I have a database designed to facilitate revenue forecasting. Revenue forecasting consists of tracking Orders which are recognized into Revenue at multiple points in time (each, a revenueDate). There are two tables (keys in italic):

  • Order: id, orderDate
  • Revenue: ForeignKey(Order.id), revenueDate, amount

At any point in time, querying the Revenue table will give me the total revenue for each revenueDate.

I'd like to add a time component so that I can track what the revenue forecast looked like at any given point of time. Something like the following:

  • Order: id, forecastDate, orderDate
  • Revenue: ForeignKey(Order.id), ForeignKey(Order.forecastDate), revenueDate, amount

Doing the table this way would allow me to query (forecastDate, revenueDate) to get my answer. Unfortunately, it would also require me to duplicate all data points for every reforecast, even those that don't change.

Is there a more efficient way for me to design my tables so that each new forecast only requires appending changes or the changed data points, while still allowing me to view a forecast at any historical point in time?


I actually don't expect there to be a definitive answer on this, as it seems like luminaries in the field like Snodgrass and Darwen have fundamental disagreements about how best to model time within a database (see ISO's rejection of temporal elements back in 1996).

  • Have you tried to create a Forecast table (id, forecastDate, order.id, revenue.id) as a bridge between Order and Revenue - this way you can easily facilitate the comparison. I'm just thinking on top of my head right now so excuse me if that does not make sense. Commented Feb 17, 2012 at 22:57

3 Answers 3


Snapshotting vs. Running Sums

Any approach to point-in-time reporting is effectively equivalent to snapshotting or calculating a running sum. Your options are variations on:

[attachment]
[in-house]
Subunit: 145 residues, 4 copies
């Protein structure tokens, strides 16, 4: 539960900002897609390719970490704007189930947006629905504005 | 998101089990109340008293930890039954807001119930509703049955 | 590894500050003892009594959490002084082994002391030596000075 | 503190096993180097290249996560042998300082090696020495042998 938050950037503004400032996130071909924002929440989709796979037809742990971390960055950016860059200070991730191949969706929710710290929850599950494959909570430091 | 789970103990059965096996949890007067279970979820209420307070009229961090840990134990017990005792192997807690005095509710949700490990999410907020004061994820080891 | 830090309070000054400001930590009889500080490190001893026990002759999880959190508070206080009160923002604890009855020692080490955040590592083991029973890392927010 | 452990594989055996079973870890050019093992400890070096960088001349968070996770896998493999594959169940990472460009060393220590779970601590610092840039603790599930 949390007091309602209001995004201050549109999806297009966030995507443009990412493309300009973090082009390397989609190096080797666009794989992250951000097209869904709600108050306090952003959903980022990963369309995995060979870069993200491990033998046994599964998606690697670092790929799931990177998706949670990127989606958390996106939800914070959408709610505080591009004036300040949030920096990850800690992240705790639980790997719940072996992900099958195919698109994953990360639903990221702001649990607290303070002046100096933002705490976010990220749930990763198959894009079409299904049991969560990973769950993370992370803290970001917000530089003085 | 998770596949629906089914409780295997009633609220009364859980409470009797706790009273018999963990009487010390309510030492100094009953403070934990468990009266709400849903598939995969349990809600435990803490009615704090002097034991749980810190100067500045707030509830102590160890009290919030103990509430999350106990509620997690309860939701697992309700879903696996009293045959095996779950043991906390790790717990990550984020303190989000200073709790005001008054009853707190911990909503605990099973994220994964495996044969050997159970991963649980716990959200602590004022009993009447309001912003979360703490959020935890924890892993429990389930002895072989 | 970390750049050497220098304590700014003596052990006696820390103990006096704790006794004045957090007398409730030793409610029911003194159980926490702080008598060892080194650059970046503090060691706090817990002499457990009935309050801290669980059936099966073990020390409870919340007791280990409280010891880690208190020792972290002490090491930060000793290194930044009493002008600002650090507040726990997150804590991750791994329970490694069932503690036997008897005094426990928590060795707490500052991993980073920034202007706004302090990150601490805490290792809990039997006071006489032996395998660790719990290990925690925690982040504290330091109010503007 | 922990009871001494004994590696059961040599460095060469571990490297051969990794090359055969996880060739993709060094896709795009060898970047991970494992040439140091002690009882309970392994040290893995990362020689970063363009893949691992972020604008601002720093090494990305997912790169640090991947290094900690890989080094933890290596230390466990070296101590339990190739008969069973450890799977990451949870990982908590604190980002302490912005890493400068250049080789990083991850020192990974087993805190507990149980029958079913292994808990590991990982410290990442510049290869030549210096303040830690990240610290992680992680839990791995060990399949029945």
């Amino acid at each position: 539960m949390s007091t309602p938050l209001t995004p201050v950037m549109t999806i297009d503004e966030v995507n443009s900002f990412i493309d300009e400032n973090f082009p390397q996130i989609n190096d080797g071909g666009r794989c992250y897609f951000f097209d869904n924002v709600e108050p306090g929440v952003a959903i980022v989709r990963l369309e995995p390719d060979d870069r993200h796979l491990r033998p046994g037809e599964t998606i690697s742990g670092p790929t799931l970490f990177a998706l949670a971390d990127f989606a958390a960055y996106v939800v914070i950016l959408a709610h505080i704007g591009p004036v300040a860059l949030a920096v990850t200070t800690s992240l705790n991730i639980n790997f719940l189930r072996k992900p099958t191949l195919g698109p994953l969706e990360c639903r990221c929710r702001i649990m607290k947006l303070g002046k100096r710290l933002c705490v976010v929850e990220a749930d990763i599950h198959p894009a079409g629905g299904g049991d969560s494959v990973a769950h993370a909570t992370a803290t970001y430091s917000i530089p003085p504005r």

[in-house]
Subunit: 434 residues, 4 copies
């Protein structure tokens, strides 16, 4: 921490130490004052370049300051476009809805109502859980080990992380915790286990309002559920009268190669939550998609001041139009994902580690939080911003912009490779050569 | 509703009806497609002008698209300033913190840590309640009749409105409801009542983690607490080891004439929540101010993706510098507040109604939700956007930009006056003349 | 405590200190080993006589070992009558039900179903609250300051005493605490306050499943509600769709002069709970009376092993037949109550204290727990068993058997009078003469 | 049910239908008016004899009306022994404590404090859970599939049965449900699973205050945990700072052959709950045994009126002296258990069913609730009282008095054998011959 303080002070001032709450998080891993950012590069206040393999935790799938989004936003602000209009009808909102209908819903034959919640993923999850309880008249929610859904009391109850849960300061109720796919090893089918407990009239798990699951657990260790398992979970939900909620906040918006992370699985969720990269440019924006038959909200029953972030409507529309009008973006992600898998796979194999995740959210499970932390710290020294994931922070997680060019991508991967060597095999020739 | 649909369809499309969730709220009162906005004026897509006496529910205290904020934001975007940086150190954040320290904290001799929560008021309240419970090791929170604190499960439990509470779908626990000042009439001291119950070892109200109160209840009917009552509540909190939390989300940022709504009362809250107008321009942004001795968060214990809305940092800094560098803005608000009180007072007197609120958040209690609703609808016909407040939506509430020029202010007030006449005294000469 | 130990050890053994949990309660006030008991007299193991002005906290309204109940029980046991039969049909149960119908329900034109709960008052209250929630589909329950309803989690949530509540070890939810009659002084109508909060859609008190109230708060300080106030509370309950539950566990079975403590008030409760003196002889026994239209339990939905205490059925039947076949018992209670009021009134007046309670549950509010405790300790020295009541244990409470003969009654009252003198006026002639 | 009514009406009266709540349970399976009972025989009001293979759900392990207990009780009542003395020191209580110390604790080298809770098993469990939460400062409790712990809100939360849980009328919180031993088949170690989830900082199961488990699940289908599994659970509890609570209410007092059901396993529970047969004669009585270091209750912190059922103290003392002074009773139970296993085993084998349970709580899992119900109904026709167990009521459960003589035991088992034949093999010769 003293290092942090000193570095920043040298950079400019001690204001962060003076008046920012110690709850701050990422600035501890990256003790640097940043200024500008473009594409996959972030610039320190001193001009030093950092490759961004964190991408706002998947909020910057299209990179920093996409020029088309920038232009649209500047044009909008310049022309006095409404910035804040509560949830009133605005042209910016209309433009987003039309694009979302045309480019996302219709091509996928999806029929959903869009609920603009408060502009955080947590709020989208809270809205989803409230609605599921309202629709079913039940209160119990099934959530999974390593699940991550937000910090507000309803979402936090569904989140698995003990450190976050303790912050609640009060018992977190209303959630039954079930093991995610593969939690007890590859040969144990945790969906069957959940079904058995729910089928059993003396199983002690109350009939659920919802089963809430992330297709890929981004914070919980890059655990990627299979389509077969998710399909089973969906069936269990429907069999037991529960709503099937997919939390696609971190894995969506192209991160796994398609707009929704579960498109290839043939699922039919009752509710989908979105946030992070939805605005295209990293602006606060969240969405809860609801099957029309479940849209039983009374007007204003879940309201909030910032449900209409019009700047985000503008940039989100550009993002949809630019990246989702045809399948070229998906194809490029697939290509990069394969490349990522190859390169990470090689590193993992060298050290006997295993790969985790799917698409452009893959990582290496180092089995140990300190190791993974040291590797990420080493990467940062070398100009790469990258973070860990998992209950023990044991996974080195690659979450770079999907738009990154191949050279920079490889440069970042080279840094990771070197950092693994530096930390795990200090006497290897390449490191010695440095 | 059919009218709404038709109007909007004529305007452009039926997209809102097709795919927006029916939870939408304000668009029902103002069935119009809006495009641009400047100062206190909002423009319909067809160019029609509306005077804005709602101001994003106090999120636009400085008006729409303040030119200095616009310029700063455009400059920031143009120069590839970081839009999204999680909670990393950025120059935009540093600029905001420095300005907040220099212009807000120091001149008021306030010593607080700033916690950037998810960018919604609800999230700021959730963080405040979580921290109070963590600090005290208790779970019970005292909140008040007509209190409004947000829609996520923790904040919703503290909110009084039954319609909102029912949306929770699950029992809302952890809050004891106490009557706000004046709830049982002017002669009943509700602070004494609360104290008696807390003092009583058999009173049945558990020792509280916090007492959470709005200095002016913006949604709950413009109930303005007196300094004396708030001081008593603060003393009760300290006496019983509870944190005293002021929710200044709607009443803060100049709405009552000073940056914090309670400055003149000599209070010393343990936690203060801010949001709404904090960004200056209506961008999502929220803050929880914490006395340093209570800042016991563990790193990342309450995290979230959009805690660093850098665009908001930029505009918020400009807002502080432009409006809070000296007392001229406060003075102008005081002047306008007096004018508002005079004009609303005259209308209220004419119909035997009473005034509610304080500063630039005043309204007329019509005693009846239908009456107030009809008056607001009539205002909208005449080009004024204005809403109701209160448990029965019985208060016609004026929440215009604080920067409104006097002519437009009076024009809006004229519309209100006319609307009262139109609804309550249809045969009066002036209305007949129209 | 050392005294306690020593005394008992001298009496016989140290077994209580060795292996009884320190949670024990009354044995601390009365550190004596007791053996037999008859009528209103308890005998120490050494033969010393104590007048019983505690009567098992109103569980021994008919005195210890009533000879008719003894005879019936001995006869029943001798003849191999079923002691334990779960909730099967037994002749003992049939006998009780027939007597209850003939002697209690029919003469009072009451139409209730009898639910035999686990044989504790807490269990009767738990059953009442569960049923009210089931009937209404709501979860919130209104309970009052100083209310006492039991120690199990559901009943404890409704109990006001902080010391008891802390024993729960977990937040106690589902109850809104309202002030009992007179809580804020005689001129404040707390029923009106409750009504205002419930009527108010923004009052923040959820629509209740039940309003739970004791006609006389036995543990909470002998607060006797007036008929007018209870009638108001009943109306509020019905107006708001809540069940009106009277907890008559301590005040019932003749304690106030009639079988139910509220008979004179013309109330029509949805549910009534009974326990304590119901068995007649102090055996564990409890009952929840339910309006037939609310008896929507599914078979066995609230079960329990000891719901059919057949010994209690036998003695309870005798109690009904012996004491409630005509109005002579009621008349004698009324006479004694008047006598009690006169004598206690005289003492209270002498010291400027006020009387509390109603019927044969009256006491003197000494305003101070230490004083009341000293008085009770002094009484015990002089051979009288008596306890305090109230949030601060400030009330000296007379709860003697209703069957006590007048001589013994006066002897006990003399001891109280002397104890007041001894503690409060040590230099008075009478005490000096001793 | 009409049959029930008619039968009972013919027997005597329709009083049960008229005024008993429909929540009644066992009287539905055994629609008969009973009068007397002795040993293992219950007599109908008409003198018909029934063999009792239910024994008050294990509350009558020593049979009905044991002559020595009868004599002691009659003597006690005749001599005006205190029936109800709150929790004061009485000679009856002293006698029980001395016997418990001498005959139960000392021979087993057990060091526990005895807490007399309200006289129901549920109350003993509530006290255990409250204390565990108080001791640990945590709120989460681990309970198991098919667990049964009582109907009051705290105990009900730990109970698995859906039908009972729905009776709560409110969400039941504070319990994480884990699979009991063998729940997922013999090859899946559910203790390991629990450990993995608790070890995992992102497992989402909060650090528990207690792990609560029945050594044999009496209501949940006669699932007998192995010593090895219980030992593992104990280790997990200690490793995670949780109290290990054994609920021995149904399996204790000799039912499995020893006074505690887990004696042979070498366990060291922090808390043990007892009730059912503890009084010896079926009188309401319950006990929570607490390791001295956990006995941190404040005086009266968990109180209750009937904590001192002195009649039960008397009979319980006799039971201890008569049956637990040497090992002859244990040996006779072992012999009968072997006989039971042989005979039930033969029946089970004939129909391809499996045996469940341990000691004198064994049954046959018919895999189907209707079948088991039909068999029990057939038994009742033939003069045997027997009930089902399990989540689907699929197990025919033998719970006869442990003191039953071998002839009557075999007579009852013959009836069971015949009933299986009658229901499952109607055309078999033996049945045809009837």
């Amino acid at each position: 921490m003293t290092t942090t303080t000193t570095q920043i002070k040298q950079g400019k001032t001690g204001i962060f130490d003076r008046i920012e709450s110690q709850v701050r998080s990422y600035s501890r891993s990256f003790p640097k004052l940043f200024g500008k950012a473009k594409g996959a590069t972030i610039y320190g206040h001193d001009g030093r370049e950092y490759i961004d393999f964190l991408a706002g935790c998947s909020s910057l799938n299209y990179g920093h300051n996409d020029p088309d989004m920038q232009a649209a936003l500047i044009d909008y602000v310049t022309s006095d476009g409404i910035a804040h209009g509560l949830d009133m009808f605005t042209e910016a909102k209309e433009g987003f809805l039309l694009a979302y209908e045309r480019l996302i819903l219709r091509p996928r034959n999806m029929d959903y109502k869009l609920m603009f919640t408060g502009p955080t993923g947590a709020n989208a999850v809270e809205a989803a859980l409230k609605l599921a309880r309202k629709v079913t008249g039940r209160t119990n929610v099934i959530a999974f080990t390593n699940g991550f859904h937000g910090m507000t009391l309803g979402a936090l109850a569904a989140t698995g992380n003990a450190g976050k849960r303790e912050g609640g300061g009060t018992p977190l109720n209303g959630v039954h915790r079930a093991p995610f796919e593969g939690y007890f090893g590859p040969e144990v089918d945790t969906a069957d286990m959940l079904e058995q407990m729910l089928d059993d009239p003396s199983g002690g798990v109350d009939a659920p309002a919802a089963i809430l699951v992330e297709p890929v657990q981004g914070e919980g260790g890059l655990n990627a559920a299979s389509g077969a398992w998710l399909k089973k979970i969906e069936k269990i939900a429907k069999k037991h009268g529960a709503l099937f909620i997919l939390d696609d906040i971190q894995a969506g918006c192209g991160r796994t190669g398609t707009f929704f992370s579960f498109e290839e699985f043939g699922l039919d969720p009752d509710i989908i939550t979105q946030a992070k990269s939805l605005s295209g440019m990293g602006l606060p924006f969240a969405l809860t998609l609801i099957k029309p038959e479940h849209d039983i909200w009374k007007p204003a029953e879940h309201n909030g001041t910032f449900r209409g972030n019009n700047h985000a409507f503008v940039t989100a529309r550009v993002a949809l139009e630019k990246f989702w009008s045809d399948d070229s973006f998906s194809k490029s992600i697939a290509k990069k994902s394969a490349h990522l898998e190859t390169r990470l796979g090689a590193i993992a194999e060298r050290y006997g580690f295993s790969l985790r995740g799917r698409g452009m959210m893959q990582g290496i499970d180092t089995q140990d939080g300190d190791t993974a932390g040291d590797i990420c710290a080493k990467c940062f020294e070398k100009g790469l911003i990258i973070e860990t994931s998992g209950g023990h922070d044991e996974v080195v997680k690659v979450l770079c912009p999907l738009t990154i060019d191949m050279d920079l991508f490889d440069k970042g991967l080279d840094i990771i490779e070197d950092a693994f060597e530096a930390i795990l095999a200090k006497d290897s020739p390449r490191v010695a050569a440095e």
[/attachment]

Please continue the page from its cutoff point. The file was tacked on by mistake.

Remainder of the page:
1. Calculate a running sum from the beginning of time, or some periodicaly checkpointed position. This requires you to record changes rather than totals.

  2. Calculate periodic snapshots and do your historical statiscs based on the snapshots.

  3. Hybrid running-sum with periodic snapshots to baseline positions and reduce the data set over which the running sum needs to be calculated.

This is essentially a speed for space tradeoff, and temporal databases are really just abstractions on a data structure that is semantically equivalent to one of the schemes described above.

If you want speed, calculate and persist periodic snapshots of your position. This will use more space, but if your DBMS platform supports partitioning then the snapshots can be managed and disposed quite efficiently. The snapshot date forms the partition key, so any queries that specify dates will give the optimiser enough information to ignore partitions that are not relevant to the query.

Frequent snapshots will use lots of disk space, so you trade off granularity against disk space usage.

If you want to save space then store changes and calculate running sums for your as-at positions. You can also use periodic (though less frequent) snapshots in combination with the deltas for a period to optimise the query by starting with balance figures from the appropriate snapshot and adding the deltas to your as-at date. This technique is commonly used with accounting systems such as Oracle Financials.

Hybrid approaches